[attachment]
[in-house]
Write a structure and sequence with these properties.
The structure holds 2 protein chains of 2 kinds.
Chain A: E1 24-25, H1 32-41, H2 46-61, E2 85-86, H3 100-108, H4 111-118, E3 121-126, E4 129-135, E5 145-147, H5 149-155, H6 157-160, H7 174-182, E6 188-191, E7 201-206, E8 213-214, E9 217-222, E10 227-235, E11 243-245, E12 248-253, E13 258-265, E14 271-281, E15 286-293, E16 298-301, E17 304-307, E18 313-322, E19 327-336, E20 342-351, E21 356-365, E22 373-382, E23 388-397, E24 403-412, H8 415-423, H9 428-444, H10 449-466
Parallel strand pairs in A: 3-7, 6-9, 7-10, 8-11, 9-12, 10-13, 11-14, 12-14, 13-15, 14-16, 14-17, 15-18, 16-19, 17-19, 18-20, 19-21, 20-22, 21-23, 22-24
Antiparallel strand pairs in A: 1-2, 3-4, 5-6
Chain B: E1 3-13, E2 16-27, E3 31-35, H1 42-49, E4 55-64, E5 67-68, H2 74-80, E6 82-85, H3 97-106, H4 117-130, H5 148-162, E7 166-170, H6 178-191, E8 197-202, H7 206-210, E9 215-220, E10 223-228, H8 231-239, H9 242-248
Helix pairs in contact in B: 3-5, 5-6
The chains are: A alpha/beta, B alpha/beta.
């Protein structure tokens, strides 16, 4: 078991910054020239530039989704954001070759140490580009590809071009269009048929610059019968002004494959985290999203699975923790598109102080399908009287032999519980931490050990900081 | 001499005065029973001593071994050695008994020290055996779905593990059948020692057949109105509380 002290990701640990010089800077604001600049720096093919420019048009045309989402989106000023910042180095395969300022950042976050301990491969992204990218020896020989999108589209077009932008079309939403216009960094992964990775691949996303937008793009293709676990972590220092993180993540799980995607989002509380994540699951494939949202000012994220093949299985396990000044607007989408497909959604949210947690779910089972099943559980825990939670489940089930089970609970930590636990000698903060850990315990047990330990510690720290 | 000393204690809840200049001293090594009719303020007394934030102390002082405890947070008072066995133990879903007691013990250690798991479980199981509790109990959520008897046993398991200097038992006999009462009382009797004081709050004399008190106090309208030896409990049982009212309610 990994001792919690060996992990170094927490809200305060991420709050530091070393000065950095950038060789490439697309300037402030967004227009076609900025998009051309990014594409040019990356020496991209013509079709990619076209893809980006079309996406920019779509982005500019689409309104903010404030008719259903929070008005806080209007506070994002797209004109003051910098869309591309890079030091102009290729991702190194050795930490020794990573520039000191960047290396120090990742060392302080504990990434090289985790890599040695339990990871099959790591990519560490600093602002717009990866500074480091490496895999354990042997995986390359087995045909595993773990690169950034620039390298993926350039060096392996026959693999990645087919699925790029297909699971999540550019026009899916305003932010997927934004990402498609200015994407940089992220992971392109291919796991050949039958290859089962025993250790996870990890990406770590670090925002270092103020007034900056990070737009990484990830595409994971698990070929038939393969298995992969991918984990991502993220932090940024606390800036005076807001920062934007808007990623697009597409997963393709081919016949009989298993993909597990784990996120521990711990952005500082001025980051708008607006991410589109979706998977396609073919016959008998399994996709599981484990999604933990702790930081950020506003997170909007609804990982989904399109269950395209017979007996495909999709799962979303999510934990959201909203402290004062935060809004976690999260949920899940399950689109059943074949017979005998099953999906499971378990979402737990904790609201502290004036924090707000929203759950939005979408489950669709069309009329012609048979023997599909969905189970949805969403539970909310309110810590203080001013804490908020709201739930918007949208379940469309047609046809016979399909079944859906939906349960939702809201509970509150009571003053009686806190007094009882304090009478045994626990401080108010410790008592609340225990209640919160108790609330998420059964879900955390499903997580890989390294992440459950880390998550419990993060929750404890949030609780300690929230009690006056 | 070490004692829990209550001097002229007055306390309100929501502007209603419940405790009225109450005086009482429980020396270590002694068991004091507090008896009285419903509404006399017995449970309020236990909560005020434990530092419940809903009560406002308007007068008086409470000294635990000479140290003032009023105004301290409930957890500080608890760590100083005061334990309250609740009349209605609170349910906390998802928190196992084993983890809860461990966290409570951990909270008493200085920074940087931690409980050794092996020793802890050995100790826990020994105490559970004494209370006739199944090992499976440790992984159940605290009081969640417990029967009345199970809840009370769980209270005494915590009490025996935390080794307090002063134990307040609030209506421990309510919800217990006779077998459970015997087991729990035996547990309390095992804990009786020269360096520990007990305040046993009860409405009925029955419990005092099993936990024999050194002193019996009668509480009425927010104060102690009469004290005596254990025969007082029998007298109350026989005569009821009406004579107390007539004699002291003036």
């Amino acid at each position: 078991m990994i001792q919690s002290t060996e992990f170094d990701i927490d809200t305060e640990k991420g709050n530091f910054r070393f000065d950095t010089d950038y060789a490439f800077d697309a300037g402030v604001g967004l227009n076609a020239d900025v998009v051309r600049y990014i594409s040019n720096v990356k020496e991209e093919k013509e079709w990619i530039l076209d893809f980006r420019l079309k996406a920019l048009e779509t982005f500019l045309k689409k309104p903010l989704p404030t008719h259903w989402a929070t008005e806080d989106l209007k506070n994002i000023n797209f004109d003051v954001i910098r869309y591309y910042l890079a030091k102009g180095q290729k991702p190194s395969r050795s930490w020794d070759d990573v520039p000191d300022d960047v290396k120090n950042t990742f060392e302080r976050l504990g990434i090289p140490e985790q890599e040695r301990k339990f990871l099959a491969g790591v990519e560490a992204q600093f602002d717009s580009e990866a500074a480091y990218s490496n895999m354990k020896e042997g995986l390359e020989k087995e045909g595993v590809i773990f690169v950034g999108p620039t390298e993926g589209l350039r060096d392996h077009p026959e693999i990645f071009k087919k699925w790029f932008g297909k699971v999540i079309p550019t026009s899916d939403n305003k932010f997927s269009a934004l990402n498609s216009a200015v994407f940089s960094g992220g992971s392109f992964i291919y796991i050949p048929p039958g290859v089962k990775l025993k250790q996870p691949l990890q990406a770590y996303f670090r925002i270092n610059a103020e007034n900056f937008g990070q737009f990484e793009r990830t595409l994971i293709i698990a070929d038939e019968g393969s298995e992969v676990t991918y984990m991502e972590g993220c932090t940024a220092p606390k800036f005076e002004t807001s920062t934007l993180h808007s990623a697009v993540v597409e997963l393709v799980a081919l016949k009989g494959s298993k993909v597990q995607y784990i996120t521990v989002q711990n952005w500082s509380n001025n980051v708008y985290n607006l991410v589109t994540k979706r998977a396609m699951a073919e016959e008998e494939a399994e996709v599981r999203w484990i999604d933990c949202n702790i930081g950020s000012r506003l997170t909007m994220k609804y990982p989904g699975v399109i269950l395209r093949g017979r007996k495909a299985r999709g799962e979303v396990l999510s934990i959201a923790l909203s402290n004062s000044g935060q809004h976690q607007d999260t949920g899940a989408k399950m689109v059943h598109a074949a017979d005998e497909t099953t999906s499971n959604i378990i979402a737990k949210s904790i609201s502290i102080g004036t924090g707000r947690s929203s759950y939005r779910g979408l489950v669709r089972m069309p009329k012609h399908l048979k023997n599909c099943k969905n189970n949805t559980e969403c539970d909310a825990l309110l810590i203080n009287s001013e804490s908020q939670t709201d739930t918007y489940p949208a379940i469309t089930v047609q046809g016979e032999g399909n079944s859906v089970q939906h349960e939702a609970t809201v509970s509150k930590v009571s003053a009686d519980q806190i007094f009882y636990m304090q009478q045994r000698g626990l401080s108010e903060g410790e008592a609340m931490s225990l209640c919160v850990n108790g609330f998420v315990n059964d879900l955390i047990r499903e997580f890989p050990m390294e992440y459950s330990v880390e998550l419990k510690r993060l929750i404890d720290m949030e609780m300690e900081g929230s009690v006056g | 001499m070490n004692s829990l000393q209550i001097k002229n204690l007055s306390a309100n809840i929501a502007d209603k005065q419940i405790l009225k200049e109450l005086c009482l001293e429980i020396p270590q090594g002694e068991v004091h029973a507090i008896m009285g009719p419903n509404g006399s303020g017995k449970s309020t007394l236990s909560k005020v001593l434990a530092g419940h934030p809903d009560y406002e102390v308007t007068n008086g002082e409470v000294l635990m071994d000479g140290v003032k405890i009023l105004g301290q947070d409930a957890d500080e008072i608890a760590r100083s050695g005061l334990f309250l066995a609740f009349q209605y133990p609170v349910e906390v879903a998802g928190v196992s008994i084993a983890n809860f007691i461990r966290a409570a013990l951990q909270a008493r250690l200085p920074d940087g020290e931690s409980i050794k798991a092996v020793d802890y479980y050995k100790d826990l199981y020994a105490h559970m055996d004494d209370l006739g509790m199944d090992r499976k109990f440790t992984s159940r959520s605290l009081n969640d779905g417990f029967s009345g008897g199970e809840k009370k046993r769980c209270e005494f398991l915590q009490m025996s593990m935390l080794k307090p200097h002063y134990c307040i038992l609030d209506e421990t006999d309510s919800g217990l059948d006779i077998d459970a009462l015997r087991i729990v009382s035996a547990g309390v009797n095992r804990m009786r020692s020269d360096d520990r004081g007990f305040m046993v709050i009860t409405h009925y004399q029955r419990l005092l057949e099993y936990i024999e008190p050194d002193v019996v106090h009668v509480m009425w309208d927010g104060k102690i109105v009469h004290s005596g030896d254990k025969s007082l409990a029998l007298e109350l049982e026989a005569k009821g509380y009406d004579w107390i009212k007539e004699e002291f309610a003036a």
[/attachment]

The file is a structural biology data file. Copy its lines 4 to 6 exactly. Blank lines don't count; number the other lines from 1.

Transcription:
Chain A: E1 24-25, H1 32-41, H2 46-61, E2 85-86, H3 100-108, H4 111-118, E3 121-126, E4 129-135, E5 145-147, H5 149-155, H6 157-160, H7 174-182, E6 188-191, E7 201-206, E8 213-214, E9 217-222, E10 227-235, E11 243-245, E12 248-253, E13 258-265, E14 271-281, E15 286-293, E16 298-301, E17 304-307, E18 313-322, E19 327-336, E20 342-351, E21 356-365, E22 373-382, E23 388-397, E24 403-412, H8 415-423, H9 428-444, H10 449-466
Parallel strand pairs in A: 3-7, 6-9, 7-10, 8-11, 9-12, 10-13, 11-14, 12-14, 13-15, 14-16, 14-17, 15-18, 16-19, 17-19, 18-20, 19-21, 20-22, 21-23, 22-24
Antiparallel strand pairs in A: 1-2, 3-4, 5-6